Woodland names Lato football coach

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By Kyle Brennan, Citizen’s News

BEACON FALLS — Joe Lato figured he’d retire before he ever left the Masuk High football team.

“I thought my last football position was going to be Masuk,” Lato said, “but life is funny.”

Now, suddenly and unexpectedly, Lato is the new football coach at Woodland. He accepted the job earlier this month after Chris Moffo resigned from the post he’d held since 2016.

The Connecticut high school football community raised its collective eyebrow on Twitter after the news broke — for good reason, too. Lato is leaving a traditional Class L postseason contender for a small-town school that may be headed for some rebuilding.

Lato was surprised at the whirlwind of events, too.

“In about three weeks, it turned pretty quick,” said Lato, who has lived in Beacon Falls since 2001. “I was very happy and excited at Masuk — I’m going to continue to teach there. When the (Woodland) job opened up, a couple of people brought it to my attention.”

He dismissed the possibility at first. After all, he’s had a successful run at Masuk since 2014 with a 42-23 record and two Class L playoff appearances, and he thinks the Panthers will be pretty good this year, too.

But when Joe Lato the football coach listened to Joe Lato the dad, things changed.

“I got to thinking about being with my boys,” said Lato, a father of three whose oldest son, Tyler, is a rising senior and middle child, Brett, is an incoming freshman, “and how much this community means to me. Every time I thought to myself that I wasn’t going to do it, the thought of not being around my boys made me reconsider.”

Finally, Lato had a moment of clarity that convinced him to become the fifth head coach in Woodland history.

“I had a friend ask me, ‘If you’re lucky enough to live until you’re 70, what would be your biggest regret?’” Lato said. “This would have been my biggest regret if I didn’t take this job.”

Lato brings extensive football experience to the position. He was an all-state linebacker and running back at Newtown High from 1990-92, when the Nighthawks won two state titles. He later played at Nichols College, and he began his coaching career as an assistant with Newtown under his old coach, Bob Zito.

When fellow Newtown assistant John Murphy jumped to rival Masuk in 2000, he brought Lato with him. After reaching three state championship games as an assistant coach at Masuk, Lato earned his first head coaching job at Weston. The Trojans went from an 0-10 team during his first year in 2006 to a Class M semifinalist in 2012.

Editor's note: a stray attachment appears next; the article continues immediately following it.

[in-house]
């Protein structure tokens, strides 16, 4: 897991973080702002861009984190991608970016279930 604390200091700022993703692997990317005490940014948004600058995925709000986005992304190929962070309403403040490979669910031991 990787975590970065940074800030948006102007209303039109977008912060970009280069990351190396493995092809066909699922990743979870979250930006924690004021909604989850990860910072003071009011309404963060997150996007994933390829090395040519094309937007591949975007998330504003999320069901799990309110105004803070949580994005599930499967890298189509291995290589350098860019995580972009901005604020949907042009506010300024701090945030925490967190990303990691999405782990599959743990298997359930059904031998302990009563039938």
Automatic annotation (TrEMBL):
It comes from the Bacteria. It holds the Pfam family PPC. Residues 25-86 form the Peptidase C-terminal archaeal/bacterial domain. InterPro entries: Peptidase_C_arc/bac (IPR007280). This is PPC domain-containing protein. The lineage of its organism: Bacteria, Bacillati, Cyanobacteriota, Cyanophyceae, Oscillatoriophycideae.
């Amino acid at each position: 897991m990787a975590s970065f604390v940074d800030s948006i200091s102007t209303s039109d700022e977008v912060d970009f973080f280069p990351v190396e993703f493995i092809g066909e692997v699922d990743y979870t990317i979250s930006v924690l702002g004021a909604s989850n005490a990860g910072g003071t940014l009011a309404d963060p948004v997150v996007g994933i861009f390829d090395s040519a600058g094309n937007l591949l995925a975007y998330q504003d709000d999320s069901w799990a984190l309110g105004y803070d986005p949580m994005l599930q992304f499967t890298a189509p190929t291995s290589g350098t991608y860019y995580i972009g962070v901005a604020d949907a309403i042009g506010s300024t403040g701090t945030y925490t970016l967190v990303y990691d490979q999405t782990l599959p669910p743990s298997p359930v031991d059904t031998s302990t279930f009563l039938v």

After going 35-49 during eight seasons at Weston, he returned to Masuk. He led the Panthers to Class L playoff appearances in 2016 and 2017, including a loss to Daniel Hand in the 2017 state final.

Lato’s first task is reorganizing the Hawks after the 2020 season was canceled due to the COVID-19 pandemic. There are 35 players, including incoming freshmen, in the program. He said the football tradition that exists at Woodland, which has qualified for the state playoffs eight times in its 18-year varsity history, provides a great head start.

“There is a strong tradition at Woodland — what Chris Anderson developed and the other coaches continued is still strong,” Lato said. “At Masuk, we worked out at 7 a.m. At Woodland, they’ve always worked out at 6 a.m. The kids are there every day and ready to roll. I’m not teaching that; that’s in the Woodland DNA.”

Lato also has the advantage of knowing most of his Hawks through his sons over the years.

“I coached a lot of the kids in T-ball, travel basketball or something else,” Lato said. “That’s another element of this I truly love, reconnecting with these kids. They’ve had no problem raiding my refrigerator over the years with Tyler and Brett, so I know a lot of them.”

The new coach also plans on cultivating more relationships with the community. He said he wants to be heavily involved with the Woodland Junior Hawks youth football program, including coaching a team this fall.

That, he hopes, will start the process of rebuilding the roster with the depth that the championship-caliber Hawks used to enjoy and get all of Region 16 behind the team.

“It’s about unifying every element of the program to make it the most meaningful experience for everyone involved — players, families, alumni, everyone,” Lato said. “I can’t guarantee wins and championships, but I can guarantee that I will give every ounce of myself to make this the best experience for everyone involved.”